Mindfulness training helpful in the recovery of adults addicted to stimulants

August 5, 2016
Meditation and other mindfulness strategies may reduce the likelihood of relapse for certain people struggling to break their addiction to stimulants including cocaine and methamphetamine, a UCLA study suggests.

Meds can help recovering meth addicts stay sober

June 14, 2012
(Medical Xpress) -- A drug shown to help break alcohol addiction can also help recovering methamphetamine addicts stay clean, a study led by University of Virginia School of Medicine researcher Dr. Bankole A. Johnson has ...

Empowering addiction treatment patients to engage in care may improve overall health

June 22, 2016
In the first trial of an intervention focused on increasing alcohol and drug treatment patients' engagement in their own health care, researchers found that patients who received 6 intervention sessions had greater involvement ...

Can believing you are a food addict affect your eating behavior?

May 5, 2016
Researchers from the University of Liverpool have published a paper regarding their work on how beliefs about food addiction can affect eating behaviour.

Recommended for you

Marijuana use may not aid patients in opioid addiction treatment

December 4, 2017
Many patients who are being treated for opioid addiction in a medication-assisted treatment clinic use marijuana to help manage their pain and mood symptoms.

For opiate addiction, study finds drug-assisted treatment is more effective than detox

November 23, 2017
Say you're a publicly insured Californian with an addiction to heroin, fentanyl or prescription narcotics, and you want to quit.

Study finds medical cannabis is effective at reducing opioid addiction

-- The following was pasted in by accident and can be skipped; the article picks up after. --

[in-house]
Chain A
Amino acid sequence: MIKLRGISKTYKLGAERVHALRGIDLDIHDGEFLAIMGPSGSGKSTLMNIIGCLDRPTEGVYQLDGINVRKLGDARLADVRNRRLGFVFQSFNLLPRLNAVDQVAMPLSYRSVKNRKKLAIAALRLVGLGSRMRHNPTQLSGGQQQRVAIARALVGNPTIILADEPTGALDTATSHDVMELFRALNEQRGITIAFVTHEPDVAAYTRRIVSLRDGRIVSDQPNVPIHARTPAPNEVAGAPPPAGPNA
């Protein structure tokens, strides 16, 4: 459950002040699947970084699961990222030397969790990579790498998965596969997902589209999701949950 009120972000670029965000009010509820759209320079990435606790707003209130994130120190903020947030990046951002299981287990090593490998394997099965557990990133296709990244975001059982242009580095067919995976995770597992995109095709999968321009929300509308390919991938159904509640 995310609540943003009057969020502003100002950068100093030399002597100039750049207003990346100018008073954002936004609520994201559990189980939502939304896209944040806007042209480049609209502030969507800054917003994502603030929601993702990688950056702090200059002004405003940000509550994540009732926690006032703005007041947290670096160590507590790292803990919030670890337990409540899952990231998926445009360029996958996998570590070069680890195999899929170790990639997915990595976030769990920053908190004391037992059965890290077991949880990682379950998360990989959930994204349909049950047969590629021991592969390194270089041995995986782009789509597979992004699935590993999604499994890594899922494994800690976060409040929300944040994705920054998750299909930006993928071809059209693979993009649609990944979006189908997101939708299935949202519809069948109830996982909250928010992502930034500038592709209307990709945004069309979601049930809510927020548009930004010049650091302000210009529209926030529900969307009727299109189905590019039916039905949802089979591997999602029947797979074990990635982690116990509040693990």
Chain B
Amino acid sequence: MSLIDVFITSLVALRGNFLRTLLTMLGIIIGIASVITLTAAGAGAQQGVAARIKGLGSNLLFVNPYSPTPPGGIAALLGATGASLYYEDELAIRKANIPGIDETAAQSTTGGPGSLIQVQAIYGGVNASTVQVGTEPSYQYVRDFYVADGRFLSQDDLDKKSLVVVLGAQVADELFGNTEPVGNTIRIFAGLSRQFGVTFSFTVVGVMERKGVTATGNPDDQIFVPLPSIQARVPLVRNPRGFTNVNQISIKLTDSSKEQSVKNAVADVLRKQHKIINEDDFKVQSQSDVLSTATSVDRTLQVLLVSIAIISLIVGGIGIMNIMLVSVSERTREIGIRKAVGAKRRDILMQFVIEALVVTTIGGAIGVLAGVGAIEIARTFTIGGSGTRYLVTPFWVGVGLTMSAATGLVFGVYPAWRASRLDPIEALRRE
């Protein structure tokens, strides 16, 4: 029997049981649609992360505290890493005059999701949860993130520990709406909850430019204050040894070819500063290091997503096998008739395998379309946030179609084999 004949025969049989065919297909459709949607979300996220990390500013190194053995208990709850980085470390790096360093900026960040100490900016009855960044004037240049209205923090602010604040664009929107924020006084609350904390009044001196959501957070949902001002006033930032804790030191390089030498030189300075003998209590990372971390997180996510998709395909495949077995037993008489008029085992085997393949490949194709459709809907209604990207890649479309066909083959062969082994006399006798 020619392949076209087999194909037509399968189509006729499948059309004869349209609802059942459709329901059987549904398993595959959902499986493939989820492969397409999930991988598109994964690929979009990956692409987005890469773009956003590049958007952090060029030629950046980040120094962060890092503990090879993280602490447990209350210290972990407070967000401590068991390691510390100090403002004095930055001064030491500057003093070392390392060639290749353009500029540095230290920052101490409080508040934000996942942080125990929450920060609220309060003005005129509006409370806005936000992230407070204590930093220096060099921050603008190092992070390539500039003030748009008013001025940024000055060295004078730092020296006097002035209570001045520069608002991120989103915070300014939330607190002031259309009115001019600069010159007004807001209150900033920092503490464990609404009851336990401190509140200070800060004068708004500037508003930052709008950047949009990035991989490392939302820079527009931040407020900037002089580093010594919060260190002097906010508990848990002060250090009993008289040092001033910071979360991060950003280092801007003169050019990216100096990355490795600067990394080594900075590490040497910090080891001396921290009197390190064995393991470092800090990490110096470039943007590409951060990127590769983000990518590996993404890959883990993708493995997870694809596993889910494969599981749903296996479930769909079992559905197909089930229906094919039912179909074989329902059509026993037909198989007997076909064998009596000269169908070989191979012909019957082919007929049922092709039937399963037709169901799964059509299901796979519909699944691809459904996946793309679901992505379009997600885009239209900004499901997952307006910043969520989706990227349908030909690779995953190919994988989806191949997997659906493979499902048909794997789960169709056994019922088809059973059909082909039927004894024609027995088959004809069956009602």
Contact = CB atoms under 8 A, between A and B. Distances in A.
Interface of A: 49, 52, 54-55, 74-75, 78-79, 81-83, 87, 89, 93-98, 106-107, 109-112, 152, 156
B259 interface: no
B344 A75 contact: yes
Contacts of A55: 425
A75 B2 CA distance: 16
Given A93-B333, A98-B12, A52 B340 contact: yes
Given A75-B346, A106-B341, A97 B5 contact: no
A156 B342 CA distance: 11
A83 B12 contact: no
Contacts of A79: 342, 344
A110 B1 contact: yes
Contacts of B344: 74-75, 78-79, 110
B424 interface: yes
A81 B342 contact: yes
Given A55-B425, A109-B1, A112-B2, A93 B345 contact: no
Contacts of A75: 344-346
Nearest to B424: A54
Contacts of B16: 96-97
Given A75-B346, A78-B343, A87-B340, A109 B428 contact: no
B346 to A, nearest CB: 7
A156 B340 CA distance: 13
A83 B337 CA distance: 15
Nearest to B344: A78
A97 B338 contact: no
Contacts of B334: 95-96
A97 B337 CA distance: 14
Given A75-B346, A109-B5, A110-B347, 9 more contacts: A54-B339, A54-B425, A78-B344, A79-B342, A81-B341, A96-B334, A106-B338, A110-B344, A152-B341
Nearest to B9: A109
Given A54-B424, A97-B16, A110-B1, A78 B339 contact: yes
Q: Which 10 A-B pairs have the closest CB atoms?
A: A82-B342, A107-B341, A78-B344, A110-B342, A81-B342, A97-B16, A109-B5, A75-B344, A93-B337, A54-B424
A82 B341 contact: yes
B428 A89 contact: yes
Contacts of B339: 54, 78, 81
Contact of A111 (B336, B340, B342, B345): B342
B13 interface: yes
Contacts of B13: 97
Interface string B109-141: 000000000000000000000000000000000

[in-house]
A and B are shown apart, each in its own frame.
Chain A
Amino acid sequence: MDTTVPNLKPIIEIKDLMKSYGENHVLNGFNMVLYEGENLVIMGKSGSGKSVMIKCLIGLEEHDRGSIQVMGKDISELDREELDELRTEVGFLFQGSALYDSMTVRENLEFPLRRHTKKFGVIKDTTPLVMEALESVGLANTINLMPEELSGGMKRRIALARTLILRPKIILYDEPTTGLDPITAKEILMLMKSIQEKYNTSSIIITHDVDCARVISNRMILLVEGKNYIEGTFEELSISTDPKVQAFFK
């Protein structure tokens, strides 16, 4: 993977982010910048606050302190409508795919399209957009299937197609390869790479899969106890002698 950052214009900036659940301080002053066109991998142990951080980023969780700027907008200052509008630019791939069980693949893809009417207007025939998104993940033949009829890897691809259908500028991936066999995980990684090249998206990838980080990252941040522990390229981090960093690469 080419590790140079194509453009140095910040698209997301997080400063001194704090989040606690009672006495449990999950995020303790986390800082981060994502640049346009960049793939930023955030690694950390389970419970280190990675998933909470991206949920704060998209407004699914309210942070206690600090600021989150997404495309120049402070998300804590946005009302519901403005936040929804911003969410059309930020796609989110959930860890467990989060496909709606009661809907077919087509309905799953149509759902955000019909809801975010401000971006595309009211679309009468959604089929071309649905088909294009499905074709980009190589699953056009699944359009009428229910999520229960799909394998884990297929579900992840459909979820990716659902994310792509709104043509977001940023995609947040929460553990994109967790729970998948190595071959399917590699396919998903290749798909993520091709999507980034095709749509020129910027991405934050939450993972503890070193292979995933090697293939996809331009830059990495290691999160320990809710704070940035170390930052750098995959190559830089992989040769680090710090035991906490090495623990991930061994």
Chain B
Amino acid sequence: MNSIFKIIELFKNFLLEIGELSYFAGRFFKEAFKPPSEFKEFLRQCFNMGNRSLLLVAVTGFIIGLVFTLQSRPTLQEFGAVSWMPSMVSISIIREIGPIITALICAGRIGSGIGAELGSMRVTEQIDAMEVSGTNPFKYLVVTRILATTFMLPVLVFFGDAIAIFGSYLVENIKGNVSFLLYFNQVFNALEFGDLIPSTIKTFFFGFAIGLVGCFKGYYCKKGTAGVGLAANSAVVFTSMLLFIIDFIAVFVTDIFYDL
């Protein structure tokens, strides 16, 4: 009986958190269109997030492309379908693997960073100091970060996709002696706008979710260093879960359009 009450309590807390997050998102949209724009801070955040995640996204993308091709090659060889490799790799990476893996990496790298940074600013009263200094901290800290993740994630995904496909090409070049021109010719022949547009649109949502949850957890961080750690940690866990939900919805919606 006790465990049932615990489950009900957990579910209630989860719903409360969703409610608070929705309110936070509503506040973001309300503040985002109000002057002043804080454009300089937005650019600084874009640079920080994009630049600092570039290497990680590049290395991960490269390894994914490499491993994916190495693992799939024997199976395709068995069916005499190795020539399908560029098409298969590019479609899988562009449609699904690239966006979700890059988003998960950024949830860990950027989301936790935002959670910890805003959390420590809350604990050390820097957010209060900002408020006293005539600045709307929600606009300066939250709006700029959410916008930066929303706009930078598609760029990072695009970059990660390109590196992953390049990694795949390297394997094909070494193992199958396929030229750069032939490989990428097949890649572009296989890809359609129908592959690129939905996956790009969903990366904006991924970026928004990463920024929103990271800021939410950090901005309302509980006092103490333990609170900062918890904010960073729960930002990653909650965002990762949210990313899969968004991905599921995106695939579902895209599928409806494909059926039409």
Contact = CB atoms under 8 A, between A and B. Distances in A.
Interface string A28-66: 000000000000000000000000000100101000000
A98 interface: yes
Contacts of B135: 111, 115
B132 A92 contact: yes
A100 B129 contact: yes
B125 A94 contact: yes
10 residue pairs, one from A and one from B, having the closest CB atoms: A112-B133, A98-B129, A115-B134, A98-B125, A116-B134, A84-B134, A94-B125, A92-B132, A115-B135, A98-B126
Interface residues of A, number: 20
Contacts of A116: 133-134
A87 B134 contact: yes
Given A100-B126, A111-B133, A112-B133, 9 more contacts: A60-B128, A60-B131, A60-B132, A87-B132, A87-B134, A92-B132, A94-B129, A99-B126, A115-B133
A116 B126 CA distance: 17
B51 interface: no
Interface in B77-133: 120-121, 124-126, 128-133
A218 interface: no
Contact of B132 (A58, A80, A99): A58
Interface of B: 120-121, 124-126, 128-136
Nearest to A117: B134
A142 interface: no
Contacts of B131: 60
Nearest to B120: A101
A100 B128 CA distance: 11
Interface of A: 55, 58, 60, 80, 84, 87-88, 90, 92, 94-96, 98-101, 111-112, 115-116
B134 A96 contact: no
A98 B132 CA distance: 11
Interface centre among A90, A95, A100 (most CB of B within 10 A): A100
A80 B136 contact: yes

November 17, 2017
A new study conducted by researchers at The University of New Mexico, involving medical cannabis and prescription opioid use among chronic pain patients, found a distinct connection between having the legal ability to use ...

Insomnia linked to alcohol-use frequency among early adolescents, says new psychology study

November 8, 2017
Insomnia is linked to frequency of alcohol use among early adolescents, according to new Rutgers University–Camden research.

Large declines seen in teen substance abuse, delinquency

October 25, 2017
More than a decade of data indicates teens have become far less likely to abuse alcohol, nicotine and illicit drugs, and they also are less likely to engage in delinquent behaviors, such as fighting and stealing, according ...

Trying to get sober? NIH offers tool to help find good care

October 3, 2017
The phone calls come—from fellow scientists and desperate strangers—with a single question for the alcohol chief at the National Institutes of Health: Where can my loved one find good care to get sober?


Please sign in to add a comment. Registration is free, and takes less than a minute. Read more

Click here to reset your password.
Sign in to get notified via email when new comments are made.